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Are Empathy and Violence Related?

A Spanish researcher has concluded the manner in which brain functions overlap may provide a new approach to reduce violence.

“Just as our species could be considered the most violent, since we are capable of serial killings, genocide and other atrocities, we are also the most empathetic species, which would seem to be the other side of the coin,” Luis Moya Albiol, lead author of the study, said.

The study, published in the most recent issue of the Revista de Neurología, concludes that the prefrontal and temporal cortex, the amygdala and other features of the limbic system (such as the cingulate cortex) play “a fundamental role in all situations in which empathy appears.”

Moya Albiol says these parts of the brain overlap “in a surprising way” with those that regulate aggression and violence. As a result, the scientific team argues that the cerebral circuits for both empathy and violence could be “partially similar.”

“We all know that encouraging empathy has an inhibiting effect on violence, but this may not only be a social question but also a biological one – stimulation of these neuronal circuits in one direction reduces their activity in the other,” the researcher adds.

This means it is difficult for a “more empathetic” brain to behave in a violent way, at least on a regular basis.

“Educating people to be empathetic could be an education for peace, bringing about a reduction in conflict and belligerent acts,” the researcher concludes.

Techniques for measuring the human brain “in vivo,” such as functional magnetic resonance imaging, are making it possible to find out more about the structures of the brain that regulate behavior and psychological processes such as empathy.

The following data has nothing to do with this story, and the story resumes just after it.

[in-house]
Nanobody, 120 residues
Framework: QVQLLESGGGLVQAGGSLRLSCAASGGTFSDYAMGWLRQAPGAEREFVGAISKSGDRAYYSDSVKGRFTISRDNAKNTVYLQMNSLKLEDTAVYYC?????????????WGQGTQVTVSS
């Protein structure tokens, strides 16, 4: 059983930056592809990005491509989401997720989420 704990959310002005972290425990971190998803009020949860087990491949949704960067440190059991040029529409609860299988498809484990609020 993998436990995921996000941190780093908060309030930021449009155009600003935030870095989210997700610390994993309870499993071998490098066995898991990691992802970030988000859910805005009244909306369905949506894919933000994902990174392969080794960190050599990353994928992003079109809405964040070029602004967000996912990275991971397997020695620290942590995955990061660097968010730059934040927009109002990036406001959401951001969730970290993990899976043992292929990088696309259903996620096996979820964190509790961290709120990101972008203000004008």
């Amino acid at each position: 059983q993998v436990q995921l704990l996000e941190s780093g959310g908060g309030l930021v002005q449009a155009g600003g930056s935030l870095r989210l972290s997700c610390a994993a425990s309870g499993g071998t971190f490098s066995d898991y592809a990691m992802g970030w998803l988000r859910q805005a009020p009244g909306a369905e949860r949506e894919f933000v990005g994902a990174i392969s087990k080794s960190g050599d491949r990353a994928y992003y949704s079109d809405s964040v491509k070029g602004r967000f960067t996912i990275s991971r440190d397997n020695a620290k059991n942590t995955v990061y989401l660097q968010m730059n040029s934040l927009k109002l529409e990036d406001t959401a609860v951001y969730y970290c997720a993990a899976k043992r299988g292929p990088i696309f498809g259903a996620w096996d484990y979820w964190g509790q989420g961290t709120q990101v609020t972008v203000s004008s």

Source: FECYT – Spanish Foundation for Science and Technology

Are Empathy and Violence Related?

Rick Nauert PhD

Rick Nauert, PhDDr. Rick Nauert has over 25 years experience in clinical, administrative and academic healthcare. He is currently an associate professor for Rocky Mountain University of Health Professionals doctoral program in health promotion and wellness. Dr. Nauert began his career as a clinical physical therapist and served as a regional manager for a publicly traded multidisciplinary rehabilitation agency for 12 years. He has masters degrees in health-fitness management and healthcare administration and a doctoral degree from The University of Texas at Austin focused on health care informatics, health administration, health education and health policy. His research efforts included the area of telehealth with a specialty in disease management.

APA Reference
Nauert PhD, R. (2016). Are Empathy and Violence Related?. Psych Central. Retrieved on June 25, 2018, from https://psychcentral.com/news/2010/04/12/are-empathy-and-violence-related/12751.html

 

Scientifically Reviewed
Last updated: 5 Jul 2016
Last reviewed: By John M. Grohol, Psy.D. on 5 Jul 2016
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